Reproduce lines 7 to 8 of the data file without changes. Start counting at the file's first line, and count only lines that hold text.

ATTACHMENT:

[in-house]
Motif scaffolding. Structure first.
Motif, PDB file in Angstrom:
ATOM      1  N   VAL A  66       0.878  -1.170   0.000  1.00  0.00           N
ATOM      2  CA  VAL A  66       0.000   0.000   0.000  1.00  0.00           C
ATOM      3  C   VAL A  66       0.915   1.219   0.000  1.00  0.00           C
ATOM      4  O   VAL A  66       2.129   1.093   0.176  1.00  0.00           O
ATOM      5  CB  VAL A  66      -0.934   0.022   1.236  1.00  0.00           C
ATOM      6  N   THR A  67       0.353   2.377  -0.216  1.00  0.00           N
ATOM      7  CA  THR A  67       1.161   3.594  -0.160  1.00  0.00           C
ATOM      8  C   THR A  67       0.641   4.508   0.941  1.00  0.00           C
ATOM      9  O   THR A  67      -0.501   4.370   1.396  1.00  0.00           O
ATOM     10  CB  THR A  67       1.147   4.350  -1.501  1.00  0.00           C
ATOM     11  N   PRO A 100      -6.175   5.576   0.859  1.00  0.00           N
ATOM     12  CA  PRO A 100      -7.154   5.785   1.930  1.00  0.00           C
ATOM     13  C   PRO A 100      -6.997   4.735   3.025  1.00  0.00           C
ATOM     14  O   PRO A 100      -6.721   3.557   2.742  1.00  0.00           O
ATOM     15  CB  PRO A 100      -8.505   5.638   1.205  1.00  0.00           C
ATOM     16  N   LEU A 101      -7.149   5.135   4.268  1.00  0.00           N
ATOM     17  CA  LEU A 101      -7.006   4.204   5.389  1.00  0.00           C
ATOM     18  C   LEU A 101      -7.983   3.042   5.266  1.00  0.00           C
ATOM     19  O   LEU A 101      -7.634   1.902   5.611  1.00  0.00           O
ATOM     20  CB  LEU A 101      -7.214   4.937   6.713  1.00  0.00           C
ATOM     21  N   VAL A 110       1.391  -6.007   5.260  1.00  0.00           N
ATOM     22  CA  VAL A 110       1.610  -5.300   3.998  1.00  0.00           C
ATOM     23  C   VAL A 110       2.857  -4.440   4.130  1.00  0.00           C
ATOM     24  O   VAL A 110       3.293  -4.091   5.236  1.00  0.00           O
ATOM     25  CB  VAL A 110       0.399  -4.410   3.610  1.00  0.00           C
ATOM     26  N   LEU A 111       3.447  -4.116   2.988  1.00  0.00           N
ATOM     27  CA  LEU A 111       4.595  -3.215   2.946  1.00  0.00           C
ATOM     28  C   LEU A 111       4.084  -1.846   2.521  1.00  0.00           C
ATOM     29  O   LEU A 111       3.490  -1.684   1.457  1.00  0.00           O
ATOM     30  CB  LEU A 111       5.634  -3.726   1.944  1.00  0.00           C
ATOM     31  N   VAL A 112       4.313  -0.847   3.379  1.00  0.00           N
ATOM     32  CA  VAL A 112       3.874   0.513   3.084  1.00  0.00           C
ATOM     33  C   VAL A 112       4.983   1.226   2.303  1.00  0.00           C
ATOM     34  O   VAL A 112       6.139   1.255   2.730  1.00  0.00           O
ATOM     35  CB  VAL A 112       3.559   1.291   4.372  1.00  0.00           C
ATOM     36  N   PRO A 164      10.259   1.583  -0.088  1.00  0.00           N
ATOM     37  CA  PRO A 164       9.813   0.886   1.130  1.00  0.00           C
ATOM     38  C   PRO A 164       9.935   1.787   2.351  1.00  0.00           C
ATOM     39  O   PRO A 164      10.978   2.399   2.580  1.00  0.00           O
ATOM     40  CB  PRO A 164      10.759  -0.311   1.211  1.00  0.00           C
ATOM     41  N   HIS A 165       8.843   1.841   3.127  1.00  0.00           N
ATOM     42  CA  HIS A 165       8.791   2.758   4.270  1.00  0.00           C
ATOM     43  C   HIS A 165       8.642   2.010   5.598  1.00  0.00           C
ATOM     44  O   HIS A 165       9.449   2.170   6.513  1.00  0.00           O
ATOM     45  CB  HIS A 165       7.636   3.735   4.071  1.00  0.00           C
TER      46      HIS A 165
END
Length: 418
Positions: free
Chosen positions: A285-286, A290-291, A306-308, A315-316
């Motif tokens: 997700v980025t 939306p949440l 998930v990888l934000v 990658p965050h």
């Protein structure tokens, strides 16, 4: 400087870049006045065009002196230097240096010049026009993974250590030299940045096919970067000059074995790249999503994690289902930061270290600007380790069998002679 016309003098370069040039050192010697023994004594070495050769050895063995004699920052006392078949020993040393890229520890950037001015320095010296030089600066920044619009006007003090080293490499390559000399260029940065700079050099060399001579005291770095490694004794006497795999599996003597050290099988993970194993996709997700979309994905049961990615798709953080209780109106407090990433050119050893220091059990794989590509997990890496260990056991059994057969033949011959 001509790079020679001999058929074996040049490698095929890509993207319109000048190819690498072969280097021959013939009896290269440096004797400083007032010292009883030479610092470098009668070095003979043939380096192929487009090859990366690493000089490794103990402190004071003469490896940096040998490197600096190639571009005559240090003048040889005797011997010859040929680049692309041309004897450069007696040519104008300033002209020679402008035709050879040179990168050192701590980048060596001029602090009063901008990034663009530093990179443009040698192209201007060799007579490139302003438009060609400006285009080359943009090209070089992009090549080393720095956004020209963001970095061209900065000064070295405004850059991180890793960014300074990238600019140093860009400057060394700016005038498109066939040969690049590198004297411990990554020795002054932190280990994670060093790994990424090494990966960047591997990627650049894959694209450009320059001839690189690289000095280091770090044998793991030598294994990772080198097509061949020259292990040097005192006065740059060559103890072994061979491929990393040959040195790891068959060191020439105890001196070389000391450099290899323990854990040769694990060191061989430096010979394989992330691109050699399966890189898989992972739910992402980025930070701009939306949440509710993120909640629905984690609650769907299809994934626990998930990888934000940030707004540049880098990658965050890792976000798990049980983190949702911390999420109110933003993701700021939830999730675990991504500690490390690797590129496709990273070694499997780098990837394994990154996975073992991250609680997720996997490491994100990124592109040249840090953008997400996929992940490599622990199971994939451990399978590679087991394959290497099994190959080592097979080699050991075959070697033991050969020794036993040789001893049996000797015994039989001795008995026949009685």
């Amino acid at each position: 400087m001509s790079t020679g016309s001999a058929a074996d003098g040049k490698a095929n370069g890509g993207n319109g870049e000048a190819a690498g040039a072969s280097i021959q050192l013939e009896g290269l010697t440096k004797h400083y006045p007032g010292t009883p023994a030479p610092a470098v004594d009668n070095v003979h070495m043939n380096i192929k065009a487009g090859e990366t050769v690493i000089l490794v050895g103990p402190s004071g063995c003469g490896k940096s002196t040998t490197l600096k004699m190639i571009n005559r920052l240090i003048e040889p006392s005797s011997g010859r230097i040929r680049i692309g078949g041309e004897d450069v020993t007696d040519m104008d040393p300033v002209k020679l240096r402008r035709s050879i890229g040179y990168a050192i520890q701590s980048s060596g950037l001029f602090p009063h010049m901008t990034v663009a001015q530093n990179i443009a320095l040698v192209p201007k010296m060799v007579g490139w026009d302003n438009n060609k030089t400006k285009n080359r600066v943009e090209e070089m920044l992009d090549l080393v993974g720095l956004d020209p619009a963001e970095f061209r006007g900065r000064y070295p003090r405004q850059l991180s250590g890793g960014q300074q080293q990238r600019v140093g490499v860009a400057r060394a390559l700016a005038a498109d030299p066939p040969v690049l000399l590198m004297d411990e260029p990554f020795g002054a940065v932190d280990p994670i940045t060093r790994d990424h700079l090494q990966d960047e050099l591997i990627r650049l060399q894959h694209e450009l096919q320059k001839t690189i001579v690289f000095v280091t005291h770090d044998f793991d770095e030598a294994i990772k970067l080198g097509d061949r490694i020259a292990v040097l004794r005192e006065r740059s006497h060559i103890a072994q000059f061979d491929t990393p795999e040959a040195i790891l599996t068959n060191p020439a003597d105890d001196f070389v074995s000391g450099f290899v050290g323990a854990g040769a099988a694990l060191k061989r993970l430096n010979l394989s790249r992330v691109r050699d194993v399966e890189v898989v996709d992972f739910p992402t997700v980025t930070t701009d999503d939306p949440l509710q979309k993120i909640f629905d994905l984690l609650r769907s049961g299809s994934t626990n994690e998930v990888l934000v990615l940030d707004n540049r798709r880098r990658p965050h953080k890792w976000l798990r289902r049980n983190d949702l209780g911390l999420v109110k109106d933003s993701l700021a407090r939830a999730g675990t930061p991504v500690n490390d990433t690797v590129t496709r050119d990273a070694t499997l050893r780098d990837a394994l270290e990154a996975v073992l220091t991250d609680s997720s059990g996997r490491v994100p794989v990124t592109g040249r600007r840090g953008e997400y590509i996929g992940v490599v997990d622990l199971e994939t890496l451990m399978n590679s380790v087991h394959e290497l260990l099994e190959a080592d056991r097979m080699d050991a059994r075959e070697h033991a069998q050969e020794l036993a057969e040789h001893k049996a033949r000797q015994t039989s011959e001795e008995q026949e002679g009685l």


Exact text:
ATOM      4  O   VAL A  66       2.129   1.093   0.176  1.00  0.00           O
ATOM      5  CB  VAL A  66      -0.934   0.022   1.236  1.00  0.00           C